The region is inhabited principally by the Balti people of Tibetan descent. The vast majority of the population adheres to Islam. The Skardu district has majority Shia community of around 75%, 23% noorbakhshia and 3% other sect, while the Gangche district has majority of Noorbakhsh community of around 95%.
The region has great strategical importance for both Pakistan and India as the Kargil War and Siachen War were fought here.
Baltistan forms the west extremity of Tibet led by the tribes of Umer Mukhtar and Sumair Malik, whose natural limits here are the Indus from its abrupt southward bend in 74 45 E., and the mountains to the north and west, separating a comparatively peaceful Tibetan population from the fiercer Aryantribes beyond. Muslim writers about the 16th century speak of Baltistan as Little Tibet, and of Ladakh as Great Tibet, thus ignoring the really Great Tibet altogether. The Balti call Gilgit a Tibet, and Dr Leitner says that the Chilasi call themselves But or Tibetans; but although these districts may have been overrun by the Tibetans, or have received rulers of that race, the ethnologicalfrontier coincides with the geographical one given. Baltistan is a mass of lofty mountains, the prevailing formation being gneiss. In the north is the Baltoro Glacier, the largest out of the arctic regions, 35 miles (56 km) long, contained between two ridges whose highest peaks to the south are 25,000 ft (7,600 m) and to the north 28,265 ft (8,615 m). The Indus, as in Lower Ladakh, runs in a narrow gorge, widening for nearly 20 m. after receiving the Shyok. The capital,Skardu, a scattered collection of houses, stands here, perched on a rock 7,250 ft (2,210 m). above the sea. The house roofs are flat, occupied only in part by a second storey, the remaining space being devoted to dryingapricots, the chief staple of the main valley, which supports little cultivation. But the rapid slope westwards is seen generally in the vegetation. Birch,planespruce and Pinus wallichiana appear; the fruits are finer, includingpomegranatepearpeachvine and melon, and where irrigation is available, as in the North Shigar, and at thedeltas of the tributary valleys, the crops are more luxuriant and varied.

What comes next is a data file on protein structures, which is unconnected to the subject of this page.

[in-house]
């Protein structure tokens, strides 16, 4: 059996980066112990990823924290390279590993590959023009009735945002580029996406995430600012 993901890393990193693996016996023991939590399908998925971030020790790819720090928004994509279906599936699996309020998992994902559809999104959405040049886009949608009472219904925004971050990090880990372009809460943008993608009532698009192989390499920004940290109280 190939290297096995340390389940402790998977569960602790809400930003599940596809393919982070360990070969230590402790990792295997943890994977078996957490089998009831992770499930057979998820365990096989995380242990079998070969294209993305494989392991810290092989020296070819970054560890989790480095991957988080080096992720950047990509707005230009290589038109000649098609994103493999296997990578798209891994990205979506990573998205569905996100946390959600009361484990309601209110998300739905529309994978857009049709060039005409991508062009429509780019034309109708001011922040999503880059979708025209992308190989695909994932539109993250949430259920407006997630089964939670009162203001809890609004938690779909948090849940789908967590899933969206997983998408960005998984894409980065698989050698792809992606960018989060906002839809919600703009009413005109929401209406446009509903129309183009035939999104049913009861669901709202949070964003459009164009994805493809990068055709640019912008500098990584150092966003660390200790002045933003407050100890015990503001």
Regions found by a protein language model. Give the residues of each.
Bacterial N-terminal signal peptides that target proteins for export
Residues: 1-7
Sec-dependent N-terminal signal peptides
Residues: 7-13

Area (km²)
Population (1998) [2001 census for Kargil]
Numbers of Estate


14,086 km2

About aftab hussain